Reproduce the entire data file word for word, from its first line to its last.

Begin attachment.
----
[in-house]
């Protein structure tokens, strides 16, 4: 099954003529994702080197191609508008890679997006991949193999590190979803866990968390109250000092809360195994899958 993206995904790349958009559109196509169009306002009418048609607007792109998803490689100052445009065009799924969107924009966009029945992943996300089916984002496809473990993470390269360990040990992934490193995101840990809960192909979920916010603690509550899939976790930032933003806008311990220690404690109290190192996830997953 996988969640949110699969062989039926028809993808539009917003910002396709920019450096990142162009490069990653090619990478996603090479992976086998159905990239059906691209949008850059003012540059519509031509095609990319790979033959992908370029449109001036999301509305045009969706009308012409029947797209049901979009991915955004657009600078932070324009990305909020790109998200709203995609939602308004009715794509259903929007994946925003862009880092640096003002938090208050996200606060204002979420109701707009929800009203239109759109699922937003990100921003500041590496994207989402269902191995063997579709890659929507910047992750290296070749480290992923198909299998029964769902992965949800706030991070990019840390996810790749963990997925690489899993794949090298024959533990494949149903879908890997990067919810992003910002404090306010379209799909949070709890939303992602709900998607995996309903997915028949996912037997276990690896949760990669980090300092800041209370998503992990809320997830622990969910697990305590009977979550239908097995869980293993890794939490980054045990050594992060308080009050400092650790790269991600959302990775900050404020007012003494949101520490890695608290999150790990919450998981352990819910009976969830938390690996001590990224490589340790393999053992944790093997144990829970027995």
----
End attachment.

[in-house]
């Protein structure tokens, strides 16, 4: 099954003529994702080197191609508008890679997006991949193999590190979803866990968390109250000092809360195994899958 993206995904790349958009559109196509169009306002009418048609607007792109998803490689100052445009065009799924969107924009966009029945992943996300089916984002496809473990993470390269360990040990992934490193995101840990809960192909979920916010603690509550899939976790930032933003806008311990220690404690109290190192996830997953 996988969640949110699969062989039926028809993808539009917003910002396709920019450096990142162009490069990653090619990478996603090479992976086998159905990239059906691209949008850059003012540059519509031509095609990319790979033959992908370029449109001036999301509305045009969706009308012409029947797209049901979009991915955004657009600078932070324009990305909020790109998200709203995609939602308004009715794509259903929007994946925003862009880092640096003002938090208050996200606060204002979420109701707009929800009203239109759109699922937003990100921003500041590496994207989402269902191995063997579709890659929507910047992750290296070749480290992923198909299998029964769902992965949800706030991070990019840390996810790749963990997925690489899993794949090298024959533990494949149903879908890997990067919810992003910002404090306010379209799909949070709890939303992602709900998607995996309903997915028949996912037997276990690896949760990669980090300092800041209370998503992990809320997830622990969910697990305590009977979550239908097995869980293993890794939490980054045990050594992060308080009050400092650790790269991600959302990775900050404020007012003494949101520490890695608290999150790990919450998981352990819910009976969830938390690996001590990224490589340790393999053992944790093997144990829970027995």